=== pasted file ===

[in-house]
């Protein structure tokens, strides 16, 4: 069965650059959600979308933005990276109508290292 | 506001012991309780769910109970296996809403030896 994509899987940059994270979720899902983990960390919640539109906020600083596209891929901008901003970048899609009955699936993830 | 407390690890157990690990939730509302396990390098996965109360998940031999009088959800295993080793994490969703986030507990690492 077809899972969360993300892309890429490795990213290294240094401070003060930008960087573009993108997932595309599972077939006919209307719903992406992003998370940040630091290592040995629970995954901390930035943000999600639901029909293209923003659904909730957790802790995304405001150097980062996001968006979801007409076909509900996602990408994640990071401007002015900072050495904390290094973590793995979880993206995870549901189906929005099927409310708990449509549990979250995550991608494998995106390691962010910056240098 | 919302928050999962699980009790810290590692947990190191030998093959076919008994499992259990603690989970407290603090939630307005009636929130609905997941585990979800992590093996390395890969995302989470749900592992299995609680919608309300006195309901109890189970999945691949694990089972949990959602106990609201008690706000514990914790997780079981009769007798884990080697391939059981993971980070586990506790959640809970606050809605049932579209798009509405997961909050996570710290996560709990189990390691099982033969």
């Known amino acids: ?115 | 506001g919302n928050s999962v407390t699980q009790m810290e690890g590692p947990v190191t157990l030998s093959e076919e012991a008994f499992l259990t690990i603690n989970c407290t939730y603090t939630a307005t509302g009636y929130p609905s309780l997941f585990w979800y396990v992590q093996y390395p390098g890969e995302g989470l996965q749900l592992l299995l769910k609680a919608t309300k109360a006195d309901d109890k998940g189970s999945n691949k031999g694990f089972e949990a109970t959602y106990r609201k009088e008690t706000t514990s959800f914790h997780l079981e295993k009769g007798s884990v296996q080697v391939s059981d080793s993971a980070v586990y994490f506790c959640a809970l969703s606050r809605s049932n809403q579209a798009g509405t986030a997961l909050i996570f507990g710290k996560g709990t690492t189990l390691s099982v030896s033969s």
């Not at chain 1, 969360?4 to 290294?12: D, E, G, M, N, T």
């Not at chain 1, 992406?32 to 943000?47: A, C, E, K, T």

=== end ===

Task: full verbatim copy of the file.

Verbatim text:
[in-house]
């Protein structure tokens, strides 16, 4: 069965650059959600979308933005990276109508290292 | 506001012991309780769910109970296996809403030896 994509899987940059994270979720899902983990960390919640539109906020600083596209891929901008901003970048899609009955699936993830 | 407390690890157990690990939730509302396990390098996965109360998940031999009088959800295993080793994490969703986030507990690492 077809899972969360993300892309890429490795990213290294240094401070003060930008960087573009993108997932595309599972077939006919209307719903992406992003998370940040630091290592040995629970995954901390930035943000999600639901029909293209923003659904909730957790802790995304405001150097980062996001968006979801007409076909509900996602990408994640990071401007002015900072050495904390290094973590793995979880993206995870549901189906929005099927409310708990449509549990979250995550991608494998995106390691962010910056240098 | 919302928050999962699980009790810290590692947990190191030998093959076919008994499992259990603690989970407290603090939630307005009636929130609905997941585990979800992590093996390395890969995302989470749900592992299995609680919608309300006195309901109890189970999945691949694990089972949990959602106990609201008690706000514990914790997780079981009769007798884990080697391939059981993971980070586990506790959640809970606050809605049932579209798009509405997961909050996570710290996560709990189990390691099982033969």
């Known amino acids: ?115 | 506001g919302n928050s999962v407390t699980q009790m810290e690890g590692p947990v190191t157990l030998s093959e076919e012991a008994f499992l259990t690990i603690n989970c407290t939730y603090t939630a307005t509302g009636y929130p609905s309780l997941f585990w979800y396990v992590q093996y390395p390098g890969e995302g989470l996965q749900l592992l299995l769910k609680a919608t309300k109360a006195d309901d109890k998940g189970s999945n691949k031999g694990f089972e949990a109970t959602y106990r609201k009088e008690t706000t514990s959800f914790h997780l079981e295993k009769g007798s884990v296996q080697v391939s059981d080793s993971a980070v586990y994490f506790c959640a809970l969703s606050r809605s049932n809403q579209a798009g509405t986030a997961l909050i996570f507990g710290k996560g709990t690492t189990l390691s099982v030896s033969s």
């Not at chain 1, 969360?4 to 290294?12: D, E, G, M, N, T």
């Not at chain 1, 992406?32 to 943000?47: A, C, E, K, T």